At the end of the day, it’s important to be fair to your client. Your reputation is one of your most valued assets and you never know where your next referral or recommendation will come from. If you and a client can’t come to an agreement on a fair and reasonable rate, politely decline and move on.

The benefits of a fair pricing strategy

Determining a rate that is reflective of what you have to offer provides supplementary benefits that go beyond financial reward. If you are being properly rewarded for your work, it’s probable that you’ll be more motivated to go above and beyond to meet the needs of your client.

If a client organisation is willing to pay for quality, they are likely to have a clearer idea of exactly what they want and understand the time effort that will go into producing the desired outcomes. Finally, they will appreciate the work you put in to producing a quality end result, and may even end up passing your name onto other clients who have a similar appreciation for quality.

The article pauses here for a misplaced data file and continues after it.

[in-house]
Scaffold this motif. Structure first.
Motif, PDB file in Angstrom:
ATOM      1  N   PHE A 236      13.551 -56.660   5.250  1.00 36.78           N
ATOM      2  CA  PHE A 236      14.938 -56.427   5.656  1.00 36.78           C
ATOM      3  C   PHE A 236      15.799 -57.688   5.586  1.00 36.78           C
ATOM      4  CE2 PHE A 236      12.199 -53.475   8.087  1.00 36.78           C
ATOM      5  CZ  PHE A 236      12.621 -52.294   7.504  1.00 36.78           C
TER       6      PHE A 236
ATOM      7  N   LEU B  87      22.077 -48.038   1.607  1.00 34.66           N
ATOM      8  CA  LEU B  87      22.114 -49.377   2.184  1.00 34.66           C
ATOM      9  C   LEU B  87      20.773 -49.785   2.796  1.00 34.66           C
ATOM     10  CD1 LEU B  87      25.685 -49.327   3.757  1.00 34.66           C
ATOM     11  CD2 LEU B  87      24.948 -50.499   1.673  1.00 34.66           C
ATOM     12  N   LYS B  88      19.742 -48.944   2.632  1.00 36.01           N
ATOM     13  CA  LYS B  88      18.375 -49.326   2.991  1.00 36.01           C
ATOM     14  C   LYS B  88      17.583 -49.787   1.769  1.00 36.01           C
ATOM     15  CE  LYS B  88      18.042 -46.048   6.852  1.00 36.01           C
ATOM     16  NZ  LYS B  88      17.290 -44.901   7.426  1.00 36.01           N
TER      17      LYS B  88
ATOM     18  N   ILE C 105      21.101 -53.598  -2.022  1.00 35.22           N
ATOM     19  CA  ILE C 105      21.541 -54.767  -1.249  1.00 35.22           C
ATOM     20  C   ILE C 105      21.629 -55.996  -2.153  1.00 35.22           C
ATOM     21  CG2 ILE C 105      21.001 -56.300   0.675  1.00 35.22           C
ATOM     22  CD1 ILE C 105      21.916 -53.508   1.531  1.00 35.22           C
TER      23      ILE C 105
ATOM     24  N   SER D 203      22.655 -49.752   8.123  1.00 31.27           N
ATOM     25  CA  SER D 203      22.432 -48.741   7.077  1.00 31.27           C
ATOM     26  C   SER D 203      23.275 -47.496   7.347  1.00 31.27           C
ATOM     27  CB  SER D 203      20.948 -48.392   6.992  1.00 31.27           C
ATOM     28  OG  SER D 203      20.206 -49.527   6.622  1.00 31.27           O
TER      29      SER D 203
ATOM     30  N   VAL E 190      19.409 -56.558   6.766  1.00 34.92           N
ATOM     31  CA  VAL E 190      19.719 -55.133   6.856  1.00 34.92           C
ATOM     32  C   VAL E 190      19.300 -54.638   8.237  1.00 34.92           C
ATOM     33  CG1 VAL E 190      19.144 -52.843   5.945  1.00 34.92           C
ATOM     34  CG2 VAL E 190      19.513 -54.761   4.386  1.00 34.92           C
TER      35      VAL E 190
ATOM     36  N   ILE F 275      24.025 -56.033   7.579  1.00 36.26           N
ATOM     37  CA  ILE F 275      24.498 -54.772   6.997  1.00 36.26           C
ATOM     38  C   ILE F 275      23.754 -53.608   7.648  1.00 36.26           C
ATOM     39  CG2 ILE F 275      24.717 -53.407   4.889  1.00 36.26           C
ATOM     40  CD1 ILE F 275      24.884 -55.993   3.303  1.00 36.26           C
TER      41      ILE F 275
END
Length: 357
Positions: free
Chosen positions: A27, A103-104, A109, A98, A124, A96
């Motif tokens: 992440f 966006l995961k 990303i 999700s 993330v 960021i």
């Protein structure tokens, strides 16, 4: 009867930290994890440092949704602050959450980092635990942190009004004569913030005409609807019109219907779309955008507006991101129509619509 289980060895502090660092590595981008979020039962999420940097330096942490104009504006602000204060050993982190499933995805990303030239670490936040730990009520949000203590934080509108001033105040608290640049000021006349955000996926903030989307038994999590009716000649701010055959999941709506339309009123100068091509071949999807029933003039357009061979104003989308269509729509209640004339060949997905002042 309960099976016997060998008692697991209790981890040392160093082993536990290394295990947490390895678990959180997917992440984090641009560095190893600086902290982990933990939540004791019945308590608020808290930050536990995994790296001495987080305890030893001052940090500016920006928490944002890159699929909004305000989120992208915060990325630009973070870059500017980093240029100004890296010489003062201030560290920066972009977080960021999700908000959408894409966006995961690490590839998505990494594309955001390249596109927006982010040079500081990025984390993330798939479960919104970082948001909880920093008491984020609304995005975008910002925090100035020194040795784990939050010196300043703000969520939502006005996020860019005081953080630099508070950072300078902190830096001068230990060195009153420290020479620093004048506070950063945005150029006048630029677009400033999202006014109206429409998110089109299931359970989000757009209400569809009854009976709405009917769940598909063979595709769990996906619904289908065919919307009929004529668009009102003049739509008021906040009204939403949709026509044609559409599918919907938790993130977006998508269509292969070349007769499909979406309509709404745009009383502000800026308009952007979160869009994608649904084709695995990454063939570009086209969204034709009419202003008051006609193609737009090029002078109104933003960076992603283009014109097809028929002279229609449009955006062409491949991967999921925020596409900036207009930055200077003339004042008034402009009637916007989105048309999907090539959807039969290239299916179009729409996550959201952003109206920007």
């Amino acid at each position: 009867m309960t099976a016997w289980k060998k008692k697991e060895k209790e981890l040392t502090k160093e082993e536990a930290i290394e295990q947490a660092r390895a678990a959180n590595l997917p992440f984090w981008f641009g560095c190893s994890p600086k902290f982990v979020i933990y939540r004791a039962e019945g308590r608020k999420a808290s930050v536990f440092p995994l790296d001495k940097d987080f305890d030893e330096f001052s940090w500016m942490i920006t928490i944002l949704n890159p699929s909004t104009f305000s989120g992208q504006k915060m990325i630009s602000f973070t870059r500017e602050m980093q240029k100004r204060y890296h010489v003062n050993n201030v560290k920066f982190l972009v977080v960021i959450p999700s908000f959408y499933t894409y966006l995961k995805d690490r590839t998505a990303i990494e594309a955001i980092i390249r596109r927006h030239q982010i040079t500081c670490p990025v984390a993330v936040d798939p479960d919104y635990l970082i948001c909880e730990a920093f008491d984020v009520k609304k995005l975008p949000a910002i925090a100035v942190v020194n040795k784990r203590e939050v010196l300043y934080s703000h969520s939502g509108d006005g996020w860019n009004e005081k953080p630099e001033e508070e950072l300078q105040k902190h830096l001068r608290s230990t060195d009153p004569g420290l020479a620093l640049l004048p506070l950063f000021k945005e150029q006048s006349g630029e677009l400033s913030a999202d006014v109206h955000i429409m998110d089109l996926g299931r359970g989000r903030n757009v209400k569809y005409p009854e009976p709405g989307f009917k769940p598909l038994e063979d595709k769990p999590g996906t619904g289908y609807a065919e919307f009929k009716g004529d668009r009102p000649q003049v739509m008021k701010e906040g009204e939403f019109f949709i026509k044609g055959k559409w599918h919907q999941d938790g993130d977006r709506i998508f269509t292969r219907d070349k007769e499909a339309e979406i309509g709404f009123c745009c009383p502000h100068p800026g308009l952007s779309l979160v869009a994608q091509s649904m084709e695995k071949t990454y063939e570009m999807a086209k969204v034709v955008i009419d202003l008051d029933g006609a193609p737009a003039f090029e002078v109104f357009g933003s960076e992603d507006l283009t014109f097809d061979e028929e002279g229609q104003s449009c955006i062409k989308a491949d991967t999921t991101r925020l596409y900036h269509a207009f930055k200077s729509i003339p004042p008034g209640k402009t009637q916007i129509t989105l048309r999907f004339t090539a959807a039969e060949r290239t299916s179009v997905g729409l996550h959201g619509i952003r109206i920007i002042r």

While not an exact science, setting your rate is an important decision that must take into consideration the role, requirements and the value you add while always maintaining your competitive edge. Ensuring that you’re open to negotiation and have done your research will boost your chances of bolstering your earning potential.

Matthew Franceschini
Matthew Franceschini is a co-founder and the CEO of Entity Solutions, a contractor management agency. He has more than 10 years’ experience working in the contract workforce management industry. He holds a Bachelor of Economics and is also the Vice President of Independent Contractors of Australia.
Read more